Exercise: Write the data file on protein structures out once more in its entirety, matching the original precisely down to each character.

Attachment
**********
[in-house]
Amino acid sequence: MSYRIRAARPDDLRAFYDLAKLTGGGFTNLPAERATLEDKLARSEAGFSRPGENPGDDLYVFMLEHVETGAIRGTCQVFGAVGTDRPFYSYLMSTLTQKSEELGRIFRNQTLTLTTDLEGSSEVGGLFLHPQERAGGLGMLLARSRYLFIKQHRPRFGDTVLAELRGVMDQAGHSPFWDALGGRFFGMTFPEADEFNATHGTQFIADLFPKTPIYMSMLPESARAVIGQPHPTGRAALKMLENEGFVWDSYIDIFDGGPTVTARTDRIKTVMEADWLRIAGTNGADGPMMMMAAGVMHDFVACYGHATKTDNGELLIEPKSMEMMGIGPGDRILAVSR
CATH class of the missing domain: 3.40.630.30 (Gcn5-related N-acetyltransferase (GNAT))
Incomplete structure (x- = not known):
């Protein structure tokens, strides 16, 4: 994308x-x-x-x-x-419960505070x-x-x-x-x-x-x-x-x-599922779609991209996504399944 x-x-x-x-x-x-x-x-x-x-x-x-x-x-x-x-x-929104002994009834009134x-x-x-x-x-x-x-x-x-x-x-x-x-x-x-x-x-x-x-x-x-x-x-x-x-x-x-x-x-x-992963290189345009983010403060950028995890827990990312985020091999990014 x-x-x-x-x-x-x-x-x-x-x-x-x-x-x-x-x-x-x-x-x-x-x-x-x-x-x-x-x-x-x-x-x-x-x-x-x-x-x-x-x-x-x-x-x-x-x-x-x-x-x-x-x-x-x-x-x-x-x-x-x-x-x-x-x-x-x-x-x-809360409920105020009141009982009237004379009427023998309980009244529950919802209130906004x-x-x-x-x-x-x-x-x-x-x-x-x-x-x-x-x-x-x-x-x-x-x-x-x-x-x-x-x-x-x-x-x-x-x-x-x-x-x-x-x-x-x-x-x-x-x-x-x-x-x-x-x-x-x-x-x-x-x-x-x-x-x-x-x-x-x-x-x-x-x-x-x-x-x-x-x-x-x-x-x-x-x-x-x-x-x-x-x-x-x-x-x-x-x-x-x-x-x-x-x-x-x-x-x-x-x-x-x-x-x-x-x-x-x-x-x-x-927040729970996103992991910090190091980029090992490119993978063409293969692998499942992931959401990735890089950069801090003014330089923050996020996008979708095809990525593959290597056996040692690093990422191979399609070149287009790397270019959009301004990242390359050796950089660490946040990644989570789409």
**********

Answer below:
[in-house]
Amino acid sequence: MSYRIRAARPDDLRAFYDLAKLTGGGFTNLPAERATLEDKLARSEAGFSRPGENPGDDLYVFMLEHVETGAIRGTCQVFGAVGTDRPFYSYLMSTLTQKSEELGRIFRNQTLTLTTDLEGSSEVGGLFLHPQERAGGLGMLLARSRYLFIKQHRPRFGDTVLAELRGVMDQAGHSPFWDALGGRFFGMTFPEADEFNATHGTQFIADLFPKTPIYMSMLPESARAVIGQPHPTGRAALKMLENEGFVWDSYIDIFDGGPTVTARTDRIKTVMEADWLRIAGTNGADGPMMMMAAGVMHDFVACYGHATKTDNGELLIEPKSMEMMGIGPGDRILAVSR
CATH class of the missing domain: 3.40.630.30 (Gcn5-related N-acetyltransferase (GNAT))
Incomplete structure (x- = not known):
């Protein structure tokens, strides 16, 4: 994308x-x-x-x-x-419960505070x-x-x-x-x-x-x-x-x-599922779609991209996504399944 x-x-x-x-x-x-x-x-x-x-x-x-x-x-x-x-x-929104002994009834009134x-x-x-x-x-x-x-x-x-x-x-x-x-x-x-x-x-x-x-x-x-x-x-x-x-x-x-x-x-x-992963290189345009983010403060950028995890827990990312985020091999990014 x-x-x-x-x-x-x-x-x-x-x-x-x-x-x-x-x-x-x-x-x-x-x-x-x-x-x-x-x-x-x-x-x-x-x-x-x-x-x-x-x-x-x-x-x-x-x-x-x-x-x-x-x-x-x-x-x-x-x-x-x-x-x-x-x-x-x-x-x-809360409920105020009141009982009237004379009427023998309980009244529950919802209130906004x-x-x-x-x-x-x-x-x-x-x-x-x-x-x-x-x-x-x-x-x-x-x-x-x-x-x-x-x-x-x-x-x-x-x-x-x-x-x-x-x-x-x-x-x-x-x-x-x-x-x-x-x-x-x-x-x-x-x-x-x-x-x-x-x-x-x-x-x-x-x-x-x-x-x-x-x-x-x-x-x-x-x-x-x-x-x-x-x-x-x-x-x-x-x-x-x-x-x-x-x-x-x-x-x-x-x-x-x-x-x-x-x-x-x-x-x-x-927040729970996103992991910090190091980029090992490119993978063409293969692998499942992931959401990735890089950069801090003014330089923050996020996008979708095809990525593959290597056996040692690093990422191979399609070149287009790397270019959009301004990242390359050796950089660490946040990644989570789409």